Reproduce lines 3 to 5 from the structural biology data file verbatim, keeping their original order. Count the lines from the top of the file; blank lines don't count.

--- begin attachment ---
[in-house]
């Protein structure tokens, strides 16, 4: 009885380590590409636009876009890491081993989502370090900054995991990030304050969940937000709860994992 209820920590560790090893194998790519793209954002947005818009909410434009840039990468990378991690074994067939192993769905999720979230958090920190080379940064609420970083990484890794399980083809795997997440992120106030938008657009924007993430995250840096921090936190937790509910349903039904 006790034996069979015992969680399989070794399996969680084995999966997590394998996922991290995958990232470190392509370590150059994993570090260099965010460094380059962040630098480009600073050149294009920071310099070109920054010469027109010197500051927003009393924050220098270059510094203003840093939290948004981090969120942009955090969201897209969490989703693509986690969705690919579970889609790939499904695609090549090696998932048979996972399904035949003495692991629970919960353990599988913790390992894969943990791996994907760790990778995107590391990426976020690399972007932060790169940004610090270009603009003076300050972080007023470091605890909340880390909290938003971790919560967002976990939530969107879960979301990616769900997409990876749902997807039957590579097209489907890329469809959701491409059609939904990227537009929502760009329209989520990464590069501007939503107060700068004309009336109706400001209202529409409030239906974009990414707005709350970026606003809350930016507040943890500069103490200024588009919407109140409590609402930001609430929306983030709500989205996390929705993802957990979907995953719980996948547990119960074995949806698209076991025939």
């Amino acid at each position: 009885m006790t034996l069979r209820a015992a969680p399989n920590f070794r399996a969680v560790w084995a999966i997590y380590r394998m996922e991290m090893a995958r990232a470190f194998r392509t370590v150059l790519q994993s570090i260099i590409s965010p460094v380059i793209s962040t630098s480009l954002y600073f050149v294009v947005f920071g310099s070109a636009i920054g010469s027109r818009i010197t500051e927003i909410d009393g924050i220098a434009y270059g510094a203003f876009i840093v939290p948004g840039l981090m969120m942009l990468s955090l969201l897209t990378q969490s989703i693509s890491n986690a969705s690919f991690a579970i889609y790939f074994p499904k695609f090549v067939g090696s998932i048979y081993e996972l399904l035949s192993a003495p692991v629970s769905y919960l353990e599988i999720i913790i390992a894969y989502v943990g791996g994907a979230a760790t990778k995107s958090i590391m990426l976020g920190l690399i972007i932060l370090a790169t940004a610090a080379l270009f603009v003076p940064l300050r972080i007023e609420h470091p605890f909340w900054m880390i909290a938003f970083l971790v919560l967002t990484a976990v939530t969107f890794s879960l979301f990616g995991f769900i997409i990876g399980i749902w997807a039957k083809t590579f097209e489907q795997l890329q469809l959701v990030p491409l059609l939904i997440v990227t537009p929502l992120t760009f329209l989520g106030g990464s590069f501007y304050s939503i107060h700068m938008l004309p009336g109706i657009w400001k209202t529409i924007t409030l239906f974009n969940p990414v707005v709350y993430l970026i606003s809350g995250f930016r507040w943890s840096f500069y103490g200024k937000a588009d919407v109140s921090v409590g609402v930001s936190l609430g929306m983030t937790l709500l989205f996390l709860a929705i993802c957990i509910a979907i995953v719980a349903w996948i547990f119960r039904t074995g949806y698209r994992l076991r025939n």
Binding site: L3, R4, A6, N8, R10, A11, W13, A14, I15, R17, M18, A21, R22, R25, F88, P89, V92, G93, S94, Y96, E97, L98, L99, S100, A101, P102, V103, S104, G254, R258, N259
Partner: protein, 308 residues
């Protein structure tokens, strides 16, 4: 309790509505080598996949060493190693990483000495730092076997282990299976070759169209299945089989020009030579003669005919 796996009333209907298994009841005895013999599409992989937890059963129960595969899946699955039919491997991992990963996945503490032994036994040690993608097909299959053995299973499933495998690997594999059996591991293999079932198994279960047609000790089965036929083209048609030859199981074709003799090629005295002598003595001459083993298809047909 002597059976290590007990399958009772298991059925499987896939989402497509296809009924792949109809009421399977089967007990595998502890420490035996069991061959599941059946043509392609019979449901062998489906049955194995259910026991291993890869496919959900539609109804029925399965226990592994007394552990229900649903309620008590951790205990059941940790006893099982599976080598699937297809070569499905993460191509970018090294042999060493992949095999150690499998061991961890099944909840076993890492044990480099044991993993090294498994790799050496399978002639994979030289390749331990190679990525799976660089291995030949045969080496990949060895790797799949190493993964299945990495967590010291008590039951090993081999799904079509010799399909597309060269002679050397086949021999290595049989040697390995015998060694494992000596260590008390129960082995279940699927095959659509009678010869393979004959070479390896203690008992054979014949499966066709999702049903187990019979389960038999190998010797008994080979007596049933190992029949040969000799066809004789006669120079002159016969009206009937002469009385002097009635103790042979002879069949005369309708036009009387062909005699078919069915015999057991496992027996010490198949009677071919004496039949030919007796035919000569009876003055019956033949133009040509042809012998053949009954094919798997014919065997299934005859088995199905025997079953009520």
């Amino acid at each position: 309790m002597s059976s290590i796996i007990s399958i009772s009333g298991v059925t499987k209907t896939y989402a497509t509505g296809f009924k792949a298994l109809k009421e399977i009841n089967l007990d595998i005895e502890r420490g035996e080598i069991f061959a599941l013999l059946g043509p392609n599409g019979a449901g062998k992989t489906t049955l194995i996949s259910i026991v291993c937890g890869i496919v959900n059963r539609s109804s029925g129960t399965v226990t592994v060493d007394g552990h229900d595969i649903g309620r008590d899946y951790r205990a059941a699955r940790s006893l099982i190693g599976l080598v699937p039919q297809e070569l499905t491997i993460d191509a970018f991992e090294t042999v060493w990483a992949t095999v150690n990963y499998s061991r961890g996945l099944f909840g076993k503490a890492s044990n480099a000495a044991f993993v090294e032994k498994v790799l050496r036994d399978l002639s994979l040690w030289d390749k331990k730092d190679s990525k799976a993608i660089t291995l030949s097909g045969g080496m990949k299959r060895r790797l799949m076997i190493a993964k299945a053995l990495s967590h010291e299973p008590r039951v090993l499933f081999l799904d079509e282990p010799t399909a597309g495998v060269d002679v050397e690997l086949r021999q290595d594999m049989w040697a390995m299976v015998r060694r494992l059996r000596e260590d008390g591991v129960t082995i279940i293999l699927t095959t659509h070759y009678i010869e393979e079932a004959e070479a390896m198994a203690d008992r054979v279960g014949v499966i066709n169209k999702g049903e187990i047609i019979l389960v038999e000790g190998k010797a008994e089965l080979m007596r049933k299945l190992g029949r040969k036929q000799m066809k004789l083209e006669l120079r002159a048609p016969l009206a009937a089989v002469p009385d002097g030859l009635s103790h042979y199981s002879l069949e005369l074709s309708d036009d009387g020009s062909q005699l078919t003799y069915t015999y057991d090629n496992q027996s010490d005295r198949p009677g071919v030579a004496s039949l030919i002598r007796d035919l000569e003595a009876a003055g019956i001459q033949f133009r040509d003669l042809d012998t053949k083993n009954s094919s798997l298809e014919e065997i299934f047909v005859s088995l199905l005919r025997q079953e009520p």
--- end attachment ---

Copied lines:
């Amino acid at each position: 009885m006790t034996l069979r209820a015992a969680p399989n920590f070794r399996a969680v560790w084995a999966i997590y380590r394998m996922e991290m090893a995958r990232a470190f194998r392509t370590v150059l790519q994993s570090i260099i590409s965010p460094v380059i793209s962040t630098s480009l954002y600073f050149v294009v947005f920071g310099s070109a636009i920054g010469s027109r818009i010197t500051e927003i909410d009393g924050i220098a434009y270059g510094a203003f876009i840093v939290p948004g840039l981090m969120m942009l990468s955090l969201l897209t990378q969490s989703i693509s890491n986690a969705s690919f991690a579970i889609y790939f074994p499904k695609f090549v067939g090696s998932i048979y081993e996972l399904l035949s192993a003495p692991v629970s769905y919960l353990e599988i999720i913790i390992a894969y989502v943990g791996g994907a979230a760790t990778k995107s958090i590391m990426l976020g920190l690399i972007i932060l370090a790169t940004a610090a080379l270009f603009v003076p940064l300050r972080i007023e609420h470091p605890f909340w900054m880390i909290a938003f970083l971790v919560l967002t990484a976990v939530t969107f890794s879960l979301f990616g995991f769900i997409i990876g399980i749902w997807a039957k083809t590579f097209e489907q795997l890329q469809l959701v990030p491409l059609l939904i997440v990227t537009p929502l992120t760009f329209l989520g106030g990464s590069f501007y304050s939503i107060h700068m938008l004309p009336g109706i657009w400001k209202t529409i924007t409030l239906f974009n969940p990414v707005v709350y993430l970026i606003s809350g995250f930016r507040w943890s840096f500069y103490g200024k937000a588009d919407v109140s921090v409590g609402v930001s936190l609430g929306m983030t937790l709500l989205f996390l709860a929705i993802c957990i509910a979907i995953v719980a349903w996948i547990f119960r039904t074995g949806y698209r994992l076991r025939n």
Binding site: L3, R4, A6, N8, R10, A11, W13, A14, I15, R17, M18, A21, R22, R25, F88, P89, V92, G93, S94, Y96, E97, L98, L99, S100, A101, P102, V103, S104, G254, R258, N259
Partner: protein, 308 residues